That, in my opinion, is a brilliant piece of writing, the frustration and anger kept under — just. The sentence I took as my take-home message is this one: [Earth Hour]  encourages the sanctimonious gesture of turning off trivial appliances for a trivial amount of time, in deference to some ill-defined abstraction called “the Earth,” all the while hypocritically retaining the real benefits of continuous, reliable electricity.

I found other suggestions that, worldwide, Earth Hour is on the wane, and that people generally are ignoring the WWF message. I hope so. There are simply more sensible things to do in serving the ’cause’ of the environment.

Join the discussion 24 Comments

  • Alan Gould says:

    Bravo Mr McIntyre, and bravo Mr Aitkin for quoting it. You are right, Don, it is a splendid piece of persuasive prose. Prosperity rests on plentiful cheap power.
    I see Stephen M. is from Ontario. I recall from my boarding school French our tall French master explaining pronunciation of the acute accent where, in Paris one raps out ‘électricité’ in a series of whipcracks, while in Quebec one pronounces the same thing as ‘le power’.

  • Doug Hurst says:

    Thanks Don. I’ve been trying for some time to get to grips with the hypocrisy of Earth Hour but couldn’t quite do so. Ross McKitrick has done it for me, and as you say, as clearly and convincingly as anyone could wish. I shall read it again.

  • Mike says:

    Perhaps we should honour it as being worthwhile to remind us what life without fossil fuels as the Green’s want will be like. Personally I try not to do anything that acknowledges it.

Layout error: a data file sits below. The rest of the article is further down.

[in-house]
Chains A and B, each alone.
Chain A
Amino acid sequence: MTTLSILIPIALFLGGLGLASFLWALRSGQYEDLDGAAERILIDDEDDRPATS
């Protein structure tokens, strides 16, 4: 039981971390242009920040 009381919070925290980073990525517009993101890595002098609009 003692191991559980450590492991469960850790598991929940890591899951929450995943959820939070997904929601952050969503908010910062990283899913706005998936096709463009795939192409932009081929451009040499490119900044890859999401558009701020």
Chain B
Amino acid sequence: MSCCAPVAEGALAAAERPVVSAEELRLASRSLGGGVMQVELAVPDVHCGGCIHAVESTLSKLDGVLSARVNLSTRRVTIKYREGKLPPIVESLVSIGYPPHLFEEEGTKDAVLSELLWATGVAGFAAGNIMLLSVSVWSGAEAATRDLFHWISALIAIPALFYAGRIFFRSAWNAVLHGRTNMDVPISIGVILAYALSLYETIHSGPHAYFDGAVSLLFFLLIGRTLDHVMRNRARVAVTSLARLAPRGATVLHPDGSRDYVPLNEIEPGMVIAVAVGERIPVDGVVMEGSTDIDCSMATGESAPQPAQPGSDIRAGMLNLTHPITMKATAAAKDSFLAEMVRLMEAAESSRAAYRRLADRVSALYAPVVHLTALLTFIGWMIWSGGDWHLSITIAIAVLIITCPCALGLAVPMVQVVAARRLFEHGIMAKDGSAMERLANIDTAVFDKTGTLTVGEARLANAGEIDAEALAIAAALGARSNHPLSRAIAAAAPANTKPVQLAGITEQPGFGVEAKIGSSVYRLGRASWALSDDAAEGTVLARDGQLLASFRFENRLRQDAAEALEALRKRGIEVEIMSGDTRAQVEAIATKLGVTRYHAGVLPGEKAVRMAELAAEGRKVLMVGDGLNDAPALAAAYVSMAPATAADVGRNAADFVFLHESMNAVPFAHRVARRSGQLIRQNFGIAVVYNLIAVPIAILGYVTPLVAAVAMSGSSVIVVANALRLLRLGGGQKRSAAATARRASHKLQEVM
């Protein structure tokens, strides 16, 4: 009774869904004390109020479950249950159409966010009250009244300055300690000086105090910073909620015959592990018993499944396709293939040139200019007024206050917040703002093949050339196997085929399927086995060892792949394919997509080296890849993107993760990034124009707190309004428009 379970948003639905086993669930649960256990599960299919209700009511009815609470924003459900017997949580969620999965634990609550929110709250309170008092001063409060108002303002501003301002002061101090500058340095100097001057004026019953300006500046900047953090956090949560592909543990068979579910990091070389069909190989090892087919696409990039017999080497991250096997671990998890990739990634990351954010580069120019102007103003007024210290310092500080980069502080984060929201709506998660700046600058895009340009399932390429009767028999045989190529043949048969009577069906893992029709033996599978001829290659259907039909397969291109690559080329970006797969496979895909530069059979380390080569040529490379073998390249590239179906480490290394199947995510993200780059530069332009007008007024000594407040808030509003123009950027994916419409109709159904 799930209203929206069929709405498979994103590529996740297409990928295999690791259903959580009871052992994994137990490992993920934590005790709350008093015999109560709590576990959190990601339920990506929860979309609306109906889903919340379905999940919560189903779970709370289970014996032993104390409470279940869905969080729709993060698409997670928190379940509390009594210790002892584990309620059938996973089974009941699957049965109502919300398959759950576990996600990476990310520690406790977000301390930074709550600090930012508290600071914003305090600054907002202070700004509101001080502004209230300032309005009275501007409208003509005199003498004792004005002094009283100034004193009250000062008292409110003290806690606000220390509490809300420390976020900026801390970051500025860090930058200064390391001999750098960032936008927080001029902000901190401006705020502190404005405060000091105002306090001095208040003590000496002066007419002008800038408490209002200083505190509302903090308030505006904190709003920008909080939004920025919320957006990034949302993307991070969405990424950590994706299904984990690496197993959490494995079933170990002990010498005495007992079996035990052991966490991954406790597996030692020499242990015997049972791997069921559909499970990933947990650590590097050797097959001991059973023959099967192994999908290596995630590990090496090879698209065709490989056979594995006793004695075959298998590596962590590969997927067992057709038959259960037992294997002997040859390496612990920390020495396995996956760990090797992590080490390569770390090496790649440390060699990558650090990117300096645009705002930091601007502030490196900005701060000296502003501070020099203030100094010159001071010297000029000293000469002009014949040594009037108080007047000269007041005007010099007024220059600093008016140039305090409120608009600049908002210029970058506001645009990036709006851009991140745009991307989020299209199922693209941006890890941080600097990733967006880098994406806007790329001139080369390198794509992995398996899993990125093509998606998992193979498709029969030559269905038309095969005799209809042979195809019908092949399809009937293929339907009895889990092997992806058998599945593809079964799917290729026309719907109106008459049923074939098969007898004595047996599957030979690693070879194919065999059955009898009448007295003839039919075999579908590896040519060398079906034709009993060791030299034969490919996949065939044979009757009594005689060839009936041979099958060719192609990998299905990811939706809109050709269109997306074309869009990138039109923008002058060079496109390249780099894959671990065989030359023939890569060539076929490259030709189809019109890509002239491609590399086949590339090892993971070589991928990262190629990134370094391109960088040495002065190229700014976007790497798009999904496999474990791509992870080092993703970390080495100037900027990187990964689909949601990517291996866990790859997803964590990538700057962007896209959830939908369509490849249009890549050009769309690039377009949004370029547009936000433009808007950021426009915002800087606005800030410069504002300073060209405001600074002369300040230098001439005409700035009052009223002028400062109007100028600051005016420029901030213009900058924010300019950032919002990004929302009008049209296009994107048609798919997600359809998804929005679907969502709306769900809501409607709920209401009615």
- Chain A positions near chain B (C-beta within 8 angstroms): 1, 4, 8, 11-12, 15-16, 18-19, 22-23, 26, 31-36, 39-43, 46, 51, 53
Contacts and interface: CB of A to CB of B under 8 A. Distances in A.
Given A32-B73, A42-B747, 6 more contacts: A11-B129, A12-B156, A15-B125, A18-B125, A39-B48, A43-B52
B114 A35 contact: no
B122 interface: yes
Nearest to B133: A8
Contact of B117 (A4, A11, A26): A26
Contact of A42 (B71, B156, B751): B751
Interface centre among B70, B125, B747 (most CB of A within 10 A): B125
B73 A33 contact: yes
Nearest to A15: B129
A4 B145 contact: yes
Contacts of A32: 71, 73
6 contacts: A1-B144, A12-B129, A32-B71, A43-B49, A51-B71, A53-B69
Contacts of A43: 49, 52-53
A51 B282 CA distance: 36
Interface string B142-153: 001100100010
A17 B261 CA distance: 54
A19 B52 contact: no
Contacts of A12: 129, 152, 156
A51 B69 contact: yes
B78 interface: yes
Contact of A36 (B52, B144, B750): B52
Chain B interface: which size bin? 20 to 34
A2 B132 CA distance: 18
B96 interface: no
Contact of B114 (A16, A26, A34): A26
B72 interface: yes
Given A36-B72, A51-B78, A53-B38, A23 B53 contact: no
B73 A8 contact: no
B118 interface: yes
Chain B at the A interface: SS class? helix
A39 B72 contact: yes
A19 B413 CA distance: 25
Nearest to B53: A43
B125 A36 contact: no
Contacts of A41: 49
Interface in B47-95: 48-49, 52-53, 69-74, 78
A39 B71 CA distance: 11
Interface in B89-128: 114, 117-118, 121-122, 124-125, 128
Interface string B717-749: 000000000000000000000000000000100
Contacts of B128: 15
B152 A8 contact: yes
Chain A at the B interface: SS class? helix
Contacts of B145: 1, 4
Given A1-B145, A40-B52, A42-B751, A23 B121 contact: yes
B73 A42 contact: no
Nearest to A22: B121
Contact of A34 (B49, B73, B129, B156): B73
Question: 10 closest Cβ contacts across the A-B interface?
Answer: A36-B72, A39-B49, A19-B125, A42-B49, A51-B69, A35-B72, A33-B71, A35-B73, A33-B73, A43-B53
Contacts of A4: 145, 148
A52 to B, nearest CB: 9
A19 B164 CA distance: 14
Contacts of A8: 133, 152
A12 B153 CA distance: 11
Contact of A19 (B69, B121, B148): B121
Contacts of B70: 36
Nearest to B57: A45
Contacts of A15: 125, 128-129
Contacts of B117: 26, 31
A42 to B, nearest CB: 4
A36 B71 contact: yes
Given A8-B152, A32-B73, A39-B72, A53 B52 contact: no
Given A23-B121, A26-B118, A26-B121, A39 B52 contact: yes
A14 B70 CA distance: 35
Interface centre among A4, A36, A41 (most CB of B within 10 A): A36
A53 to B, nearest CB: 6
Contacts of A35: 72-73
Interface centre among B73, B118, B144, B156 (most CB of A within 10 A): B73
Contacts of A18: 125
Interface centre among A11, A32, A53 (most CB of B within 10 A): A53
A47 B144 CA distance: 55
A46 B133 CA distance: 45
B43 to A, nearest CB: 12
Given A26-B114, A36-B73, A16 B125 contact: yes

• Walter Starck says:

    Earth hour – a sanctimonious mass display of ignorance masquerading as moral virtue.

  • Mike says:

    Walter are you the Walter Stark referred to here https://ipa.org.au/people/walter-starck ? Usually if not always your comments here on this blog are greatly appreciated as is also your view on the Great Barrier Reef.

  • Walter Starck says:


    I must plead guilty.

    • Mike says:

      I confess I don’t have a detailed knowledge of what you’ve said about the Great Barrier Reef. Over the years its demise has been prophesied many times for me it started with the crown of thorns. The reason for this comment is to put it to you what would happen to the reef if the sea was to increase in temperature by 1 or 2° and/or the sea level was to rise? I read this possibly by someone from Cook University who claimed this would be quite beneficial. It would enable growth and the spreading of reef further south.

  • David says:

    “I abhor earth hour”.

    Isn’t that just a tad OTT, even for you? People who participate in earth hour are no